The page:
Everyone wants to avoid lock-in, but given the impossibility of avoidance, the key is to manage it.
It’s the “year of our lordt 2019 and people [are] still worried about lock-in,” grumps Ben Black, eye roll in full effect. His cynicism is warranted. While vendors continue to position their offerings as all about reducing lock-in, and CIOs continue to declare in analyst surveys that avoiding lock-in remains a top concern, the reality, as Gregor Hohpe points out, is that we can “get locked up into avoiding [lock-in],” and positioning open source as a panacea for lock-in “turn[s] out to be not entirely true.”
Same as it ever was
Back in 2000 I worked for an open source embedded Linux vendor, Lineo. We talked about using Linux to avoid vendor lock-in. A few years later, I was at a different open source vendor (Alfresco), still talking about open source as a tonic for lock-in. For nearly 20 years I worked for open source and proprietary companies, but lock-in was never far from the conversation, no matter the vendor.
Nor was I alone. Open source vendors talked up open source as The Answer to lock-in, but pretty much every vendor touted some aspect of their strategy as anti-lock-in, too…
…even as they locked-in customers.
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The problem with the whole lock-in discussion is that everything creates lock-in. This is true whether you’re a consumer opting to use Android over an iPhone, but it’s particularly true for enterprises. Within the enterprise, the mere use of a technology—no matter its origin, license, or delivery model—results in lock-in. Why? Because…friction. Or, as Dave McCrory put it, “Every choice has resistance once you’ve started down a specific path.”
Yes, even for open source. While Lucene and Hadoop creator Doug Cutting (correctly) notes that open source introduces a very different form of lock-in than vendor lock-in. “Sure, using an open-source API makes it difficult to switch to a different API, but it doesn’t necessarily commit you to a commercial relationship,” what he doesn’t address is all the other forms of lock-in that remain (product, version, platform, architecture, etc.). As Patrick Angeles calls out, even enterprises that decided to write their own software (from scratch or using open source code) discover they’re still locked in: “That team [that wrote the software] turns over, you’re now locked in to an unsupported product.”
In sum, there’s no way out of lock-in. The key is to manage switching costs.
The price of lock-in
Richard Seroter captured this view a few years back, and his reasoning rings true today. “There are many reasons to embrace lock-in, including when that technology adds significant value and keeps you focused on the right activities,” he said. But when a vendor stops innovating, or it’s difficult to source talent for a given technology choice, he reasoned, it’s time to pay the switching costs. There are ways, however, to ensure those switching costs remain reasonable all along, including the embrace of microservices, the avoidance of technologies that don’t expose APIs, and more.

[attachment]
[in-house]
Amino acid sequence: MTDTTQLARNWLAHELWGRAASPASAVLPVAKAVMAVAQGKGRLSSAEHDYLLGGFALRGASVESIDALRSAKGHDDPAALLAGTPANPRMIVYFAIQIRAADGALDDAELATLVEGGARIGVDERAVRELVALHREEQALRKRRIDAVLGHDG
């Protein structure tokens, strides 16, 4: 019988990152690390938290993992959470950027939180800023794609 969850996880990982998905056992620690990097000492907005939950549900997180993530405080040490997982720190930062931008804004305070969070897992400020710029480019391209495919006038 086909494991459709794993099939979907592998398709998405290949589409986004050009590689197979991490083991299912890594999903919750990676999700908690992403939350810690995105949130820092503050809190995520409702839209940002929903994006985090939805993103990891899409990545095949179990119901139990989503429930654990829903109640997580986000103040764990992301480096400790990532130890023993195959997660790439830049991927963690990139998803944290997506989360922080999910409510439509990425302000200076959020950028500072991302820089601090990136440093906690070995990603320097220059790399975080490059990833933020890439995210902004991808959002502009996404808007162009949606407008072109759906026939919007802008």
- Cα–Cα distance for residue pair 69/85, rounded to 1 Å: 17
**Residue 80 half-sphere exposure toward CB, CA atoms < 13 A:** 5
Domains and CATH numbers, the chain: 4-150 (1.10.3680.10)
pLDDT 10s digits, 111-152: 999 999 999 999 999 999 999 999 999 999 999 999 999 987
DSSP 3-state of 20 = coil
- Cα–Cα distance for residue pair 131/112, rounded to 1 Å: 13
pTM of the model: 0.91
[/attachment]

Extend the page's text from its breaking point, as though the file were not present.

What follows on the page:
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One of the key things to avoid, Seroter implies and Massimo Re Ferré has hammered home, meta-management layers that claim to overlay multiple platforms (thereby unlocking you from those underlying platforms) simply end up (surprise!) locking you into the management layer. It’s trading one form of lock-in for another, while eliminating much of the value of those underlying platforms. Perhaps worse, Re Ferré has suggested, that idea of innovative, multi-platform management is “just a unicorn thing,” not a real-world thing.
Of course, as much as lock-in is a technology thing, it’s more a matter of culture, as Expedia’s Subbu Allamaraju has described:
During the last fifteen years, most enterprises reacted to lock-in concerns by over-investing in abstractions, whether it be programming frameworks, parsers, databases, communication protocols, application servers, cloud providers, you name it. At the end of it all, what’s left was past regrets and large difficult to change monoliths. Those abstractions, in effect, did nothing other than contributing to a culture of change resistance.
Instead of heading down those false paths, he urged, enterprises should “embrace techniques like service orientation, asynchronous and decoupled communication patterns, micro-architectures, experimentation, failing fast, tolerance for mistakes, chaos engineering, constant feedback and continuous learning.” In this way, whether using open source or proprietary code, on-premises software or cloud services, a company can maintain its independence and agility. That’s not to say lock-in will disappear, but rather that it will be manageable.